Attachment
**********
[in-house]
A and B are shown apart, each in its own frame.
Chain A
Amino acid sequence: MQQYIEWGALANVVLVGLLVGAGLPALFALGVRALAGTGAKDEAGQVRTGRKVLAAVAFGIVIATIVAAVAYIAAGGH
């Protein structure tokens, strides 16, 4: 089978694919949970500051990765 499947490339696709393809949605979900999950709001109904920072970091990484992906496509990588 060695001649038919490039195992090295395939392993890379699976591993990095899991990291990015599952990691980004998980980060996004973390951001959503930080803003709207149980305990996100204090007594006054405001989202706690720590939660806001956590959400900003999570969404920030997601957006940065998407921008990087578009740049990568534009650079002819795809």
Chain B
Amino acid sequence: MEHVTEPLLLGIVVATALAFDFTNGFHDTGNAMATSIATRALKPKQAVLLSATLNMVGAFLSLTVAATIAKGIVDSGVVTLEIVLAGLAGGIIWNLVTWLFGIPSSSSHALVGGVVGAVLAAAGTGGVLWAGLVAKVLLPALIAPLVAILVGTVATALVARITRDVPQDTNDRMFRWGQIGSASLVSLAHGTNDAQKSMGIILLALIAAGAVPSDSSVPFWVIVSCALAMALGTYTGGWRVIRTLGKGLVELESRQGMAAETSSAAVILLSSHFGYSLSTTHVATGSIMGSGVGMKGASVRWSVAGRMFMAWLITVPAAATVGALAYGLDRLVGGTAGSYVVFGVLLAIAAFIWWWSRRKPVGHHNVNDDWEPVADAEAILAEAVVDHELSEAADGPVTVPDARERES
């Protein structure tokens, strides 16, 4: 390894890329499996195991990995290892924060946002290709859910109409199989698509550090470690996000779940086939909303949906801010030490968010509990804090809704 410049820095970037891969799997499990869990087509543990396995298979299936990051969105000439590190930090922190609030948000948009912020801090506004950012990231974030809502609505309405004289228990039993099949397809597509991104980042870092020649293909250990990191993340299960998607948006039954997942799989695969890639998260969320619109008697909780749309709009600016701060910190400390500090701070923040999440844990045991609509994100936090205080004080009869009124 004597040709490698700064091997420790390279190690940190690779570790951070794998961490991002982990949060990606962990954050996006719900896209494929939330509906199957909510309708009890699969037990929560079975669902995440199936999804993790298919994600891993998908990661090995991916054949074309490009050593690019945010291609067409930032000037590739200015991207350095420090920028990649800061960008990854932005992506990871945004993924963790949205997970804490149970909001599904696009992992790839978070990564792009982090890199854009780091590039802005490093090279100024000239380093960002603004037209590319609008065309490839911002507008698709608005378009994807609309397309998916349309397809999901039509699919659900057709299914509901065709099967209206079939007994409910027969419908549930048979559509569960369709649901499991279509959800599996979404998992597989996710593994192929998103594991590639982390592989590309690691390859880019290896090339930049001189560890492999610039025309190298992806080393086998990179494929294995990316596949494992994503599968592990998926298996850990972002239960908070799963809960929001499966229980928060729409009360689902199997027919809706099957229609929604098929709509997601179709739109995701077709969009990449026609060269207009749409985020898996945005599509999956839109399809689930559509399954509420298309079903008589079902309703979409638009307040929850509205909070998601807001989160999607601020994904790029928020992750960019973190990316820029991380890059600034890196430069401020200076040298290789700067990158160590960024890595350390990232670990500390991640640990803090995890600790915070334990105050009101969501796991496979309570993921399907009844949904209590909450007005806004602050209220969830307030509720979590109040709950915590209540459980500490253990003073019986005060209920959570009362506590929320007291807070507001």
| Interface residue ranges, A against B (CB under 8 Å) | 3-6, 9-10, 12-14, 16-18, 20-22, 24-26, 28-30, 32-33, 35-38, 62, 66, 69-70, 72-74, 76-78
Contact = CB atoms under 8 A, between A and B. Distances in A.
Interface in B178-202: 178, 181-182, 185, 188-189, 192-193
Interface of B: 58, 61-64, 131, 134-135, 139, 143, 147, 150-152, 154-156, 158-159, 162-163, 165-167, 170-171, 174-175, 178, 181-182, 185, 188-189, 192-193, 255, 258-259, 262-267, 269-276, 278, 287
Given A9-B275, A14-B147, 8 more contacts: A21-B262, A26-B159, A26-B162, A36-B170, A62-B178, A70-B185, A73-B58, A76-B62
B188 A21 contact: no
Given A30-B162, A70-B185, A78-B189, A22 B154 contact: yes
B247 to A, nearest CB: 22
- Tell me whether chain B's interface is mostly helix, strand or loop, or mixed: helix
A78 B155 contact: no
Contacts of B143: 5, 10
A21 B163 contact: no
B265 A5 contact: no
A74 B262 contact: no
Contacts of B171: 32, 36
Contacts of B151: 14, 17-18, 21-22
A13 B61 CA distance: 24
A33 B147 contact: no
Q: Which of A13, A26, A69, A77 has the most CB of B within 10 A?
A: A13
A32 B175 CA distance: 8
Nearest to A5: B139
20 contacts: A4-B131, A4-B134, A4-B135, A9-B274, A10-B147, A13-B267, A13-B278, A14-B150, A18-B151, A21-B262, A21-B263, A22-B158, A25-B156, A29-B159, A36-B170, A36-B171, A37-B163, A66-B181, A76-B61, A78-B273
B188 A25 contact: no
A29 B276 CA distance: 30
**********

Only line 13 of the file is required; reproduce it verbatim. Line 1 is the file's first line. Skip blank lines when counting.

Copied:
Given A9-B275, A14-B147, 8 more contacts: A21-B262, A26-B159, A26-B162, A36-B170, A62-B178, A70-B185, A73-B58, A76-B62